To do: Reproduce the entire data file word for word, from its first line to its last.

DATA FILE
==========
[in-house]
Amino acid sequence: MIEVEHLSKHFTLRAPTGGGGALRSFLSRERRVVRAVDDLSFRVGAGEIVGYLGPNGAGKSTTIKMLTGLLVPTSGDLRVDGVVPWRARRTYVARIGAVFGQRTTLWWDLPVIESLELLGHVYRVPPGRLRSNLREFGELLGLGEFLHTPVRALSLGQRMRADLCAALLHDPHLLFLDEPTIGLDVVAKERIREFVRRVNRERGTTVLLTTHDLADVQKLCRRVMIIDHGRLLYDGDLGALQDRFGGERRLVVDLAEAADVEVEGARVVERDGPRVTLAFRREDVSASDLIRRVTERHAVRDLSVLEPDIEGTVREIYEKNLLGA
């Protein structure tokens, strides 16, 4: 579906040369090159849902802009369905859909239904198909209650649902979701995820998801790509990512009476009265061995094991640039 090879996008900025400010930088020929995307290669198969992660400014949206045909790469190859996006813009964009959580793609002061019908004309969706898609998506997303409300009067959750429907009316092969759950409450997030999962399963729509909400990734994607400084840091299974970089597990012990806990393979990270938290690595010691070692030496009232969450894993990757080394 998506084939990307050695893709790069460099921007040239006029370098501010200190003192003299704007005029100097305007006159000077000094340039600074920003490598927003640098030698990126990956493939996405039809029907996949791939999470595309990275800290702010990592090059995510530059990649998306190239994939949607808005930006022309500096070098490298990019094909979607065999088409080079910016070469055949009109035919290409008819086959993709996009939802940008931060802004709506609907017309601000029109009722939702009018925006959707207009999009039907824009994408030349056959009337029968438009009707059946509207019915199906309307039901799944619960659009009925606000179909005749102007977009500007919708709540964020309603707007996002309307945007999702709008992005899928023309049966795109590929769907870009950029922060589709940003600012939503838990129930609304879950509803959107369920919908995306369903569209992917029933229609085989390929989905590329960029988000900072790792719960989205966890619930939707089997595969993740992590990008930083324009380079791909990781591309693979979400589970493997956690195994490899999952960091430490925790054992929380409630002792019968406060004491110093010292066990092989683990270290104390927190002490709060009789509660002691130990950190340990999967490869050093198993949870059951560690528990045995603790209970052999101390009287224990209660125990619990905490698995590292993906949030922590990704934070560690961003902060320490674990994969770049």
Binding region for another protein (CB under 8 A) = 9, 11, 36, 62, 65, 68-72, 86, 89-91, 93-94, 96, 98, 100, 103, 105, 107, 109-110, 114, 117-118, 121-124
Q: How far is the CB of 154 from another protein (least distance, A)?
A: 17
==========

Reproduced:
[in-house]
Amino acid sequence: MIEVEHLSKHFTLRAPTGGGGALRSFLSRERRVVRAVDDLSFRVGAGEIVGYLGPNGAGKSTTIKMLTGLLVPTSGDLRVDGVVPWRARRTYVARIGAVFGQRTTLWWDLPVIESLELLGHVYRVPPGRLRSNLREFGELLGLGEFLHTPVRALSLGQRMRADLCAALLHDPHLLFLDEPTIGLDVVAKERIREFVRRVNRERGTTVLLTTHDLADVQKLCRRVMIIDHGRLLYDGDLGALQDRFGGERRLVVDLAEAADVEVEGARVVERDGPRVTLAFRREDVSASDLIRRVTERHAVRDLSVLEPDIEGTVREIYEKNLLGA
């Protein structure tokens, strides 16, 4: 579906040369090159849902802009369905859909239904198909209650649902979701995820998801790509990512009476009265061995094991640039 090879996008900025400010930088020929995307290669198969992660400014949206045909790469190859996006813009964009959580793609002061019908004309969706898609998506997303409300009067959750429907009316092969759950409450997030999962399963729509909400990734994607400084840091299974970089597990012990806990393979990270938290690595010691070692030496009232969450894993990757080394 998506084939990307050695893709790069460099921007040239006029370098501010200190003192003299704007005029100097305007006159000077000094340039600074920003490598927003640098030698990126990956493939996405039809029907996949791939999470595309990275800290702010990592090059995510530059990649998306190239994939949607808005930006022309500096070098490298990019094909979607065999088409080079910016070469055949009109035919290409008819086959993709996009939802940008931060802004709506609907017309601000029109009722939702009018925006959707207009999009039907824009994408030349056959009337029968438009009707059946509207019915199906309307039901799944619960659009009925606000179909005749102007977009500007919708709540964020309603707007996002309307945007999702709008992005899928023309049966795109590929769907870009950029922060589709940003600012939503838990129930609304879950509803959107369920919908995306369903569209992917029933229609085989390929989905590329960029988000900072790792719960989205966890619930939707089997595969993740992590990008930083324009380079791909990781591309693979979400589970493997956690195994490899999952960091430490925790054992929380409630002792019968406060004491110093010292066990092989683990270290104390927190002490709060009789509660002691130990950190340990999967490869050093198993949870059951560690528990045995603790209970052999101390009287224990209660125990619990905490698995590292993906949030922590990704934070560690961003902060320490674990994969770049």
Binding region for another protein (CB under 8 A) = 9, 11, 36, 62, 65, 68-72, 86, 89-91, 93-94, 96, 98, 100, 103, 105, 107, 109-110, 114, 117-118, 121-124
Q: How far is the CB of 154 from another protein (least distance, A)?
A: 17